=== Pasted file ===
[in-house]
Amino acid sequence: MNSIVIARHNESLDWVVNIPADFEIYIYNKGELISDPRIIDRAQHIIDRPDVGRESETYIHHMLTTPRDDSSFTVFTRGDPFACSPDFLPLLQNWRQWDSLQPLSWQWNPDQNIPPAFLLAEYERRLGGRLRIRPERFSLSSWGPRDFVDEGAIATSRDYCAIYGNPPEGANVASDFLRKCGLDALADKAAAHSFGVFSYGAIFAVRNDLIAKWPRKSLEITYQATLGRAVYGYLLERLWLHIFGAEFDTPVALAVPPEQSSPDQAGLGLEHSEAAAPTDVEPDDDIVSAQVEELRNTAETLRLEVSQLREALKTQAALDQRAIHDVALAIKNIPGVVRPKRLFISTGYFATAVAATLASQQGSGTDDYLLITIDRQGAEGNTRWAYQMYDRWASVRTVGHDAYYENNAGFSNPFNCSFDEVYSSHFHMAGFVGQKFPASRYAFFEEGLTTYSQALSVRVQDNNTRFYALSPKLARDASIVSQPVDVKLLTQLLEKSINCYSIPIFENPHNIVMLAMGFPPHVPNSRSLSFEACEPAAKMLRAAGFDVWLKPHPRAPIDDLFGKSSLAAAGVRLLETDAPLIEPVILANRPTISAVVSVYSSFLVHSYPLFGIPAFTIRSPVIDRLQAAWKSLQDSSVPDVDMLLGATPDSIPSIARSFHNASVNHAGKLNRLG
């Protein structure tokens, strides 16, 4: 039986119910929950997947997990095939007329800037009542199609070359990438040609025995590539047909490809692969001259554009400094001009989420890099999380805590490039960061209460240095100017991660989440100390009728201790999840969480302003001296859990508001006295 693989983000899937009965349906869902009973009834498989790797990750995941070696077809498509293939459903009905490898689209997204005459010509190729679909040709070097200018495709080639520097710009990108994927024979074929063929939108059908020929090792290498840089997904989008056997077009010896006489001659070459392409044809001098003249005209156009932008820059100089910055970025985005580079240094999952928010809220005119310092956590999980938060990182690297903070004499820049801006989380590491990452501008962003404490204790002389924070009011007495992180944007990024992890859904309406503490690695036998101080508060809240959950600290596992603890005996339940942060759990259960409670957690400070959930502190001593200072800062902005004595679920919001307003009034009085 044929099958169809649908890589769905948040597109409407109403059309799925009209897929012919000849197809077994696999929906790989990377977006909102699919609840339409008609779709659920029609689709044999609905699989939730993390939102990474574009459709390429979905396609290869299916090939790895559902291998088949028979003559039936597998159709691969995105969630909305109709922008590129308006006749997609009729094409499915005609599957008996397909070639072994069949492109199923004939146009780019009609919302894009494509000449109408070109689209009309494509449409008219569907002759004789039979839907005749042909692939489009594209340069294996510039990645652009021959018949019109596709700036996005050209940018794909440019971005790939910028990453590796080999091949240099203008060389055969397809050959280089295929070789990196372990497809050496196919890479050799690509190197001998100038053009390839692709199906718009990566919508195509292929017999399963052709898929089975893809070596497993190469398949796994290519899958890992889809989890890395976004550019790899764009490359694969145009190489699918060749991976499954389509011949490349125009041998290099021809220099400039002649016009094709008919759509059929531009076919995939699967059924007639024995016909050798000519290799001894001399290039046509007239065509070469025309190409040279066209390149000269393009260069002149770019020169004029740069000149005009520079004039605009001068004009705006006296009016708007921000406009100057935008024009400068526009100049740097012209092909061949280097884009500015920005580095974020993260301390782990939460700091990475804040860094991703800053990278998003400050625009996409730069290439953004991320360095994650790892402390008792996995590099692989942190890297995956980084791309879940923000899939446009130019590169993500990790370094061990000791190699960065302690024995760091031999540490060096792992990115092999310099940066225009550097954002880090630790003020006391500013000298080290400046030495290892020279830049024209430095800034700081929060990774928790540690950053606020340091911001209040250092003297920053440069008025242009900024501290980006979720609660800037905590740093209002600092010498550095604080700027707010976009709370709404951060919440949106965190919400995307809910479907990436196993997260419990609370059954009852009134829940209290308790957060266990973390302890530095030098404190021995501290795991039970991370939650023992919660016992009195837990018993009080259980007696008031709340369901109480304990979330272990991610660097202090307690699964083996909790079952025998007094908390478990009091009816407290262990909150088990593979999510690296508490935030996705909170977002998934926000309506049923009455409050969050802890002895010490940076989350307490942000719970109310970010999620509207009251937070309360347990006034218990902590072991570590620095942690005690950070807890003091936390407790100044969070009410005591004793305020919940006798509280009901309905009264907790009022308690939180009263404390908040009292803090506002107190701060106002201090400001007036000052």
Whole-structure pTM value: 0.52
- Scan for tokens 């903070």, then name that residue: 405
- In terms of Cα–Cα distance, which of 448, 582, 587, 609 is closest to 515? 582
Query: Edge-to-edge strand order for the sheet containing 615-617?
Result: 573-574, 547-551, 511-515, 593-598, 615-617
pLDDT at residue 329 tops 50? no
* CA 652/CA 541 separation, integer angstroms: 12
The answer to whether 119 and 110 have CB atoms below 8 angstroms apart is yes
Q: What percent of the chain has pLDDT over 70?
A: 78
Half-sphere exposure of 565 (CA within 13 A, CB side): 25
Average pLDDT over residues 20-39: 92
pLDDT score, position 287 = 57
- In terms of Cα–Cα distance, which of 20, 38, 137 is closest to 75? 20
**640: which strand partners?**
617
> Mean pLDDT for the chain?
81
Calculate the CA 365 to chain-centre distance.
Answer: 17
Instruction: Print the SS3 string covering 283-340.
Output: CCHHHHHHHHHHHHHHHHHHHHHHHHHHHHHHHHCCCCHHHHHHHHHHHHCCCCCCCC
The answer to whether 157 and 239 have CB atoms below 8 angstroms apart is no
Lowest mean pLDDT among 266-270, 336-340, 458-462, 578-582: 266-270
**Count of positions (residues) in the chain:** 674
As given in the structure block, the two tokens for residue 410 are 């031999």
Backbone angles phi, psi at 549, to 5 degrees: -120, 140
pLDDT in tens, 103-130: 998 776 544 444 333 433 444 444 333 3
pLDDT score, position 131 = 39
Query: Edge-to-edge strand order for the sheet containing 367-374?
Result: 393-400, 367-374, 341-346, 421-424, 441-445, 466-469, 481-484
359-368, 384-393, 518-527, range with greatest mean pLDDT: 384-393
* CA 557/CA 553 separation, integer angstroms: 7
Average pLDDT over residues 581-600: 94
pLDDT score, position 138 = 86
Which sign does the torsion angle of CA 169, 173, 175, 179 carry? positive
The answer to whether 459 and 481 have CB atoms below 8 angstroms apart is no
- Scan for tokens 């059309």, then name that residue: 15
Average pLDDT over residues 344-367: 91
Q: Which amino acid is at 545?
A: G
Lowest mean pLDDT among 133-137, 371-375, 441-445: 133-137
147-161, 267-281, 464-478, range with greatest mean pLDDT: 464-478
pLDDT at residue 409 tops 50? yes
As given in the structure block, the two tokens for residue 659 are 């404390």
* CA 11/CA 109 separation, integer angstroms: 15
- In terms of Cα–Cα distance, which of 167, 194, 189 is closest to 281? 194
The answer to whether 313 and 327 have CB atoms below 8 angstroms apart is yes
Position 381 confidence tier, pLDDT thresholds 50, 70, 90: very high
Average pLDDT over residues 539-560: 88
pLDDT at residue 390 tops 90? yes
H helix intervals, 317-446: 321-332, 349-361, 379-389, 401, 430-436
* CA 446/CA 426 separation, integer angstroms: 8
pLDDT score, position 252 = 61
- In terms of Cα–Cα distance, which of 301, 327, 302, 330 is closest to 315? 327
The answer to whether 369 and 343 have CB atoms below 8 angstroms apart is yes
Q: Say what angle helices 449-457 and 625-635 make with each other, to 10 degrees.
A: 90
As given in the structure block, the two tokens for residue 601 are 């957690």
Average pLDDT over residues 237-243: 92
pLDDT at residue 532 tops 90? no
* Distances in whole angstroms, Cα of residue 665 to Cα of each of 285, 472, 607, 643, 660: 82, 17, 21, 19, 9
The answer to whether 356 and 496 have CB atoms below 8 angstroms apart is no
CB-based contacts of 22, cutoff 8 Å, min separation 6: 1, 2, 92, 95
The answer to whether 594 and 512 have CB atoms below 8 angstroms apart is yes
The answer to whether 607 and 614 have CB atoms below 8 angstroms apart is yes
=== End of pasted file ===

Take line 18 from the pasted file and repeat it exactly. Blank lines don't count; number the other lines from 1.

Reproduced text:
**640: which strand partners?**